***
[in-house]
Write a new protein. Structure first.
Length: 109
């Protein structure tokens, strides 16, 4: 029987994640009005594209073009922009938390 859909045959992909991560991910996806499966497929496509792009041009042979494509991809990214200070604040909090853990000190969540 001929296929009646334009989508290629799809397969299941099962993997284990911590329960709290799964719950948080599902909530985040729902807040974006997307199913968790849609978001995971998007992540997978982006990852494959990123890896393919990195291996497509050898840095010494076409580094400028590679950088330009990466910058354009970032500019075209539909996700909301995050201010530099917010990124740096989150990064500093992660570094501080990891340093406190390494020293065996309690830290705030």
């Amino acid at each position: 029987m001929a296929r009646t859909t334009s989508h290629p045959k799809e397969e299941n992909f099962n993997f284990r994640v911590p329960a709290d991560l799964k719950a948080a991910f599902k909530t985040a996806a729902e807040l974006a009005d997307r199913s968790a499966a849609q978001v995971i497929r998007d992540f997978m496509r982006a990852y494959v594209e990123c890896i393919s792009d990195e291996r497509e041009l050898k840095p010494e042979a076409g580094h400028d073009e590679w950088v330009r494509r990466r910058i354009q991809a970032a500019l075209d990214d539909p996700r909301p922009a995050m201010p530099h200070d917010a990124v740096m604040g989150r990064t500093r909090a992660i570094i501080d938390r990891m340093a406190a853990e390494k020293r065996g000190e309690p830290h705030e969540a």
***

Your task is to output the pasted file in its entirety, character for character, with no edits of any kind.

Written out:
[in-house]
Write a new protein. Structure first.
Length: 109
């Protein structure tokens, strides 16, 4: 029987994640009005594209073009922009938390 859909045959992909991560991910996806499966497929496509792009041009042979494509991809990214200070604040909090853990000190969540 001929296929009646334009989508290629799809397969299941099962993997284990911590329960709290799964719950948080599902909530985040729902807040974006997307199913968790849609978001995971998007992540997978982006990852494959990123890896393919990195291996497509050898840095010494076409580094400028590679950088330009990466910058354009970032500019075209539909996700909301995050201010530099917010990124740096989150990064500093992660570094501080990891340093406190390494020293065996309690830290705030």
């Amino acid at each position: 029987m001929a296929r009646t859909t334009s989508h290629p045959k799809e397969e299941n992909f099962n993997f284990r994640v911590p329960a709290d991560l799964k719950a948080a991910f599902k909530t985040a996806a729902e807040l974006a009005d997307r199913s968790a499966a849609q978001v995971i497929r998007d992540f997978m496509r982006a990852y494959v594209e990123c890896i393919s792009d990195e291996r497509e041009l050898k840095p010494e042979a076409g580094h400028d073009e590679w950088v330009r494509r990466r910058i354009q991809a970032a500019l075209d990214d539909p996700r909301p922009a995050m201010p530099h200070d917010a990124v740096m604040g989150r990064t500093r909090a992660i570094i501080d938390r990891m340093a406190a853990e390494k020293r065996g000190e309690p830290h705030e969540a």